The Crown returned, and while there is less pomp and circumstance, there’s still plenty of scandal.

Season 2 of Netflix’s juggernaut hit, chronicling the lives and loves of the British royal family, landed on the streaming service in December, just in time for the holiday season. The 10 episodes covered plenty of ground, as the show marched briskly through from 1957 to 1964, neatly wrapping up the Profumo Affair, the Kennedy assassination, and the Suez Crisis, along with the usual family drama fare of babies, cheating husbands, and distant Nazi relatives.

Season 2 of Netflix’s juggernaut hit, chronicling the lives and loves of the British royal family, landed on the streaming service in December, just in time for the holiday season. The 10 episodes covered plenty of ground, as the show marched briskly through from 1957 to 1964, neatly wrapping up the Profumo Affair, the Kennedy assassination, and the Suez Crisis, along with the usual family drama fare of babies, cheating husbands, and distant Nazi relatives.

The first season has been justly accused of coming close to monarchist propaganda; humanising and sympathising with the royal family, in a move designed to appeal predominantly to international audiences. In contrast, I made it a full 45 minutes into season 2 before I was tempted to stage a full-blown revolution, for the sheer pleasure of mildly inconveniencing Prince Philip.

Philip (Matt Smith), whose self-centred, self-pitying antics had been mildly annoying in the first season, was given a much larger role this time around. Whole episodes were devoted to his philandering, and his utter unconcern for his wife, his children, or the responsibilities of his post featured frequently. The show did its level best to present him as sympathetic, emphasising his unhappy childhood, but no amount of dead Nazi sisters was sufficient to justify his total inability to treat his wife with any decency.

This, unfortunately, left a vacuum at the heart of the show; it was difficult to be interested in his struggles when they were entirely caused by his own selfishness and pride. Moreover, it was almost painful to watch the royal couple fighting their way towards an exhausted stalemate, rather than anything resembling happiness. This resulted in whole episodes that felt flat and repetitive, engendering little response beyond an endless feeling of frustration and disappointment.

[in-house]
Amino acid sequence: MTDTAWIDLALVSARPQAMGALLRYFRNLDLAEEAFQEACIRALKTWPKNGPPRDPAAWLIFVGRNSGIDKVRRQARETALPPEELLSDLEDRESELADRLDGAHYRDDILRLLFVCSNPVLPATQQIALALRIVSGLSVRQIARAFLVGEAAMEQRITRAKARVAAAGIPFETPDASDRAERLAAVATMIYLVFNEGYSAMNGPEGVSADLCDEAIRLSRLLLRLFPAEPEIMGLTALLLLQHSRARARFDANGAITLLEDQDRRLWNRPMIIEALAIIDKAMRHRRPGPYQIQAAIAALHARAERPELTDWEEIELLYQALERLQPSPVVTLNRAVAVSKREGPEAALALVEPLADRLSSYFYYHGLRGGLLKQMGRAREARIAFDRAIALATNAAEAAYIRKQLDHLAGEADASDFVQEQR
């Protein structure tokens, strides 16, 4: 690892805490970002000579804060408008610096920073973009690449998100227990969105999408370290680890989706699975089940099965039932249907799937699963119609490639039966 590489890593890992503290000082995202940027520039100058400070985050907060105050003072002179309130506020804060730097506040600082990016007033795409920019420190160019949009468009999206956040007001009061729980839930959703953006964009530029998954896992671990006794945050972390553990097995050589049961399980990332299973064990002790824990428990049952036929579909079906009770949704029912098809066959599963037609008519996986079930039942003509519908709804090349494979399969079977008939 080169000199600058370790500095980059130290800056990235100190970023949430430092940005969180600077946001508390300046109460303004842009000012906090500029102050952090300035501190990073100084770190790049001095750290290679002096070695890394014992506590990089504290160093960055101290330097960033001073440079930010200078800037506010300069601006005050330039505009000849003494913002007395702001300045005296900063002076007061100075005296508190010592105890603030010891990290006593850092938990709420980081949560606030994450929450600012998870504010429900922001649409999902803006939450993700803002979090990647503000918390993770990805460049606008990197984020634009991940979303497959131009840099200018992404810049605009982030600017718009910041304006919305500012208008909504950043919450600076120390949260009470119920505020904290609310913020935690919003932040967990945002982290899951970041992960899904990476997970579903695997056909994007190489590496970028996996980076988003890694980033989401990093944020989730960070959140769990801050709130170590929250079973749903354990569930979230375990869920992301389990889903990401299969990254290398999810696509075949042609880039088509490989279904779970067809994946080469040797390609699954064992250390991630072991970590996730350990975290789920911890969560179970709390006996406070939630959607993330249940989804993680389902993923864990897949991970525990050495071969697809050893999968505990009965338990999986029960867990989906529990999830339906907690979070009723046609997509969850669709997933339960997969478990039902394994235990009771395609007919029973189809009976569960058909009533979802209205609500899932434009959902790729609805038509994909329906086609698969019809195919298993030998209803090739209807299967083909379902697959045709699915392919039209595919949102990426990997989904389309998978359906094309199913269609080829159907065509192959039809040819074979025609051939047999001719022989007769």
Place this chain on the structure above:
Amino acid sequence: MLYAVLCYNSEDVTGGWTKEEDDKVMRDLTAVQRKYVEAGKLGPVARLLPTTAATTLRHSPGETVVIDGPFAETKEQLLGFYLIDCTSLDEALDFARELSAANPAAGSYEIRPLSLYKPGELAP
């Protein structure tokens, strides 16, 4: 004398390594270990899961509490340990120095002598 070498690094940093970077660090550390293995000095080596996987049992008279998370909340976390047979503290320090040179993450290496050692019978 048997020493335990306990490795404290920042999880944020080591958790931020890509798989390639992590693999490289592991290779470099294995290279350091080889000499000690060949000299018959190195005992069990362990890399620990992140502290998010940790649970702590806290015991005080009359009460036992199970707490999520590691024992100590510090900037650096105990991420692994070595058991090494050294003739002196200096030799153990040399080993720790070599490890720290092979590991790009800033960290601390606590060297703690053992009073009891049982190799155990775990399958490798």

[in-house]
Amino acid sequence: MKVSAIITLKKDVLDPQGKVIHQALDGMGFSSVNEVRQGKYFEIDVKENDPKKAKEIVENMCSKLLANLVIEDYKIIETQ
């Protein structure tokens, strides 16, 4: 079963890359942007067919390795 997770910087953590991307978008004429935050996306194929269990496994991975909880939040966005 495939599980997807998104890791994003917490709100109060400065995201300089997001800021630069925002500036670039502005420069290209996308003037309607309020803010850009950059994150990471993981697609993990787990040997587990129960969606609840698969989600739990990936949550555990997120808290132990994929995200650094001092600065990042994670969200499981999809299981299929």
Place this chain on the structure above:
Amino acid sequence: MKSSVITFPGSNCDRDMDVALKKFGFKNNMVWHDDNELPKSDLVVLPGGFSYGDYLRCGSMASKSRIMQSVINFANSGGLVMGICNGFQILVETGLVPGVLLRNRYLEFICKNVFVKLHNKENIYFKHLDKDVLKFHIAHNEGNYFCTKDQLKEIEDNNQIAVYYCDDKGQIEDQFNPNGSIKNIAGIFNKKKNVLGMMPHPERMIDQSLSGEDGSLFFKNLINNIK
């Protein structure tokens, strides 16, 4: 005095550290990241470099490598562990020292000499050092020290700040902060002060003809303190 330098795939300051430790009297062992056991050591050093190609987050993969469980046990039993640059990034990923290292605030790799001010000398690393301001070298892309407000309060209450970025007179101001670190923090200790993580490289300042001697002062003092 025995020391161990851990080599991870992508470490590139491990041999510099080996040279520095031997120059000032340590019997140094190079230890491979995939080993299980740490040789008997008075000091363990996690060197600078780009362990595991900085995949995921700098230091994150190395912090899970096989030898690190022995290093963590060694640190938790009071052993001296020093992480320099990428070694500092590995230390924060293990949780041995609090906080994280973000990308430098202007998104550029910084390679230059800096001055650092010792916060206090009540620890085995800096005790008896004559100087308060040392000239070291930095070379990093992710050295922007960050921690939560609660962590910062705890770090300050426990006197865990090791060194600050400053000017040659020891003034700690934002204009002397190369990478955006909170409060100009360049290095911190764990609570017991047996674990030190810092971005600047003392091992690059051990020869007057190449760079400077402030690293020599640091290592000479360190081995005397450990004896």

Clare Foy, who once again put in a stellar performance as Queen Elizabeth, at times seemed to fade into the background behind her husband. This was a real shame given that this will be the last time we see her diffidence and precision in the role (Olivia Coleman will be taking up the mantle, literally, from the next season). She particularly shone in the season’s sixth episode ‘Vergangenheit’, which dealt with the Duke of Windsor’s well-documented support for the Nazis. It was in her struggle with her own faith, and with what it means to forgive those who betray us, that The Crown was most successful in its avowed aim of exploring the real person, Elizabeth, behind the public façade of the Queen.

The season’s other standout was Matthew Goode, a newcomer to the show who played Princess Margaret’s husband, bisexual photographer Antony Armstrong-Jones. Disarmingly handsome, he roared excitingly around on a motorbike and smouldered wordlessly in darkrooms, entertainingly disdainful of the royal family and the institution of monogamy in equal measure. It was no surprise that the Princess Margaret rushed headlong into an ill-advised marriage, the cracks in which were already beginning to show by the season’s end.

The Crown lived up to its reputation for high production values; the costuming, in particular, was spectacular. Yet, the otherwise incredibly well-made drama was badly let down by overwrought, unimaginative music choices, that too-often seemed hackneyed rather than sophisticated. In particular, using Handel’s Zadok the Priest to soundtrack the Queen’s haircut was a fairly egregious error, which pushed the show from merely self-important into something approaching parody.

Nevertheless, in some ways, it was a treat to see the season eschew the first season’s ceremonial grandstanding for the more intimate drama of unhappy marriages, bad parenting, and ill-fated love affairs. But the closer we got to these characters, the less I could care for them; the Queen Mother was an unforgivable snob, Princess Margaret was astonishingly oblivious, and Prince Philip was a prideful philanderer, whose chauvinistic inability to play second-fiddle to his admirable wife wreaked devastation on all around him. Viva la Revolution!

Categories: Arts Travel

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